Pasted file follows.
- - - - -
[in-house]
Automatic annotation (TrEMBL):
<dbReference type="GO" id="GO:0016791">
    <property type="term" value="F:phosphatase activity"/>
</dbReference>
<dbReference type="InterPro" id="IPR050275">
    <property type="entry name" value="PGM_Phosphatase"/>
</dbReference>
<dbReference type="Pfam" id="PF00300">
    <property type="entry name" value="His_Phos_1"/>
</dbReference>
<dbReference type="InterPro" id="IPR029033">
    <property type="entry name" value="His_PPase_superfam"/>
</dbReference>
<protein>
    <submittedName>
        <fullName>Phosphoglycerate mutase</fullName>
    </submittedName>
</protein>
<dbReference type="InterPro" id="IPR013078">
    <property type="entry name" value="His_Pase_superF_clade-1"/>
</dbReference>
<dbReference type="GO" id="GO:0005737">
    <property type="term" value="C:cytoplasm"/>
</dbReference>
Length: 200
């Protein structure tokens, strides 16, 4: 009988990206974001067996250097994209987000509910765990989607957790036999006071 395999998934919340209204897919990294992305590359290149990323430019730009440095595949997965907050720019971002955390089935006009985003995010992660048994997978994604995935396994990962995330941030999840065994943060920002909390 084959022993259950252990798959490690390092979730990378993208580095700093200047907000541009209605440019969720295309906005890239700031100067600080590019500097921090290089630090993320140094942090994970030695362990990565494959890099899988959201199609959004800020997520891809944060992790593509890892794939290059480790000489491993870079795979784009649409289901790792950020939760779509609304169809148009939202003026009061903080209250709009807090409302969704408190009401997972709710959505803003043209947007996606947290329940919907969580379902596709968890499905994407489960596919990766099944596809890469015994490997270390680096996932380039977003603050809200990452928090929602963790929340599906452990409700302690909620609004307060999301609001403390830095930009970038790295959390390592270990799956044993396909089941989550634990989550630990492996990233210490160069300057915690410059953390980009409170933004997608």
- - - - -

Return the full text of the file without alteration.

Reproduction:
[in-house]
Automatic annotation (TrEMBL):
<dbReference type="GO" id="GO:0016791">
    <property type="term" value="F:phosphatase activity"/>
</dbReference>
<dbReference type="InterPro" id="IPR050275">
    <property type="entry name" value="PGM_Phosphatase"/>
</dbReference>
<dbReference type="Pfam" id="PF00300">
    <property type="entry name" value="His_Phos_1"/>
</dbReference>
<dbReference type="InterPro" id="IPR029033">
    <property type="entry name" value="His_PPase_superfam"/>
</dbReference>
<protein>
    <submittedName>
        <fullName>Phosphoglycerate mutase</fullName>
    </submittedName>
</protein>
<dbReference type="InterPro" id="IPR013078">
    <property type="entry name" value="His_Pase_superF_clade-1"/>
</dbReference>
<dbReference type="GO" id="GO:0005737">
    <property type="term" value="C:cytoplasm"/>
</dbReference>
Length: 200
């Protein structure tokens, strides 16, 4: 009988990206974001067996250097994209987000509910765990989607957790036999006071 395999998934919340209204897919990294992305590359290149990323430019730009440095595949997965907050720019971002955390089935006009985003995010992660048994997978994604995935396994990962995330941030999840065994943060920002909390 084959022993259950252990798959490690390092979730990378993208580095700093200047907000541009209605440019969720295309906005890239700031100067600080590019500097921090290089630090993320140094942090994970030695362990990565494959890099899988959201199609959004800020997520891809944060992790593509890892794939290059480790000489491993870079795979784009649409289901790792950020939760779509609304169809148009939202003026009061903080209250709009807090409302969704408190009401997972709710959505803003043209947007996606947290329940919907969580379902596709968890499905994407489960596919990766099944596809890469015994490997270390680096996932380039977003603050809200990452928090929602963790929340599906452990409700302690909620609004307060999301609001403390830095930009970038790295959390390592270990799956044993396909089941989550634990989550630990492996990233210490160069300057915690410059953390980009409170933004997608």